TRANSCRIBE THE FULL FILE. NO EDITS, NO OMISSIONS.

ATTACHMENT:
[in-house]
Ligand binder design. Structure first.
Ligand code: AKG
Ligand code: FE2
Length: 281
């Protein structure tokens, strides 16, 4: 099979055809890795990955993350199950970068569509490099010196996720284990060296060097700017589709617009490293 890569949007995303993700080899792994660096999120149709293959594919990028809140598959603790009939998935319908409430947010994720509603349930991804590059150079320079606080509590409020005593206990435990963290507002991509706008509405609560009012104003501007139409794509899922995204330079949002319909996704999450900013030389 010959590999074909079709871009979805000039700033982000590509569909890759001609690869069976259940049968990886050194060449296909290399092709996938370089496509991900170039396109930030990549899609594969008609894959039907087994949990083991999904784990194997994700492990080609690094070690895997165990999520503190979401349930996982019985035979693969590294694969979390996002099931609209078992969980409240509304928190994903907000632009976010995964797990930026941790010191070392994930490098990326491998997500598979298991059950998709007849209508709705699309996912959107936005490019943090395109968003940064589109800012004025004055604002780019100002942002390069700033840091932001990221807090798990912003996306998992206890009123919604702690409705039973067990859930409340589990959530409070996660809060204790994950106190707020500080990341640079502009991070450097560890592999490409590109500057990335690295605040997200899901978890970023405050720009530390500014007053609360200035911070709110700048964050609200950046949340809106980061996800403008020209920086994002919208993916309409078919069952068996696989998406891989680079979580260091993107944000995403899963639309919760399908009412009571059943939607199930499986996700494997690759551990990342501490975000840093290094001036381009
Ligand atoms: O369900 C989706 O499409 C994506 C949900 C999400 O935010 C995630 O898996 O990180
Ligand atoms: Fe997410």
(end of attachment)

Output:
[in-house]
Ligand binder design. Structure first.
Ligand code: AKG
Ligand code: FE2
Length: 281
């Protein structure tokens, strides 16, 4: 099979055809890795990955993350199950970068569509490099010196996720284990060296060097700017589709617009490293 890569949007995303993700080899792994660096999120149709293959594919990028809140598959603790009939998935319908409430947010994720509603349930991804590059150079320079606080509590409020005593206990435990963290507002991509706008509405609560009012104003501007139409794509899922995204330079949002319909996704999450900013030389 010959590999074909079709871009979805000039700033982000590509569909890759001609690869069976259940049968990886050194060449296909290399092709996938370089496509991900170039396109930030990549899609594969008609894959039907087994949990083991999904784990194997994700492990080609690094070690895997165990999520503190979401349930996982019985035979693969590294694969979390996002099931609209078992969980409240509304928190994903907000632009976010995964797990930026941790010191070392994930490098990326491998997500598979298991059950998709007849209508709705699309996912959107936005490019943090395109968003940064589109800012004025004055604002780019100002942002390069700033840091932001990221807090798990912003996306998992206890009123919604702690409705039973067990859930409340589990959530409070996660809060204790994950106190707020500080990341640079502009991070450097560890592999490409590109500057990335690295605040997200899901978890970023405050720009530390500014007053609360200035911070709110700048964050609200950046949340809106980061996800403008020209920086994002919208993916309409078919069952068996696989998406891989680079979580260091993107944000995403899963639309919760399908009412009571059943939607199930499986996700494997690759551990990342501490975000840093290094001036381009
Ligand atoms: O369900 C989706 O499409 C994506 C949900 C999400 O935010 C995630 O898996 O990180
Ligand atoms: Fe997410």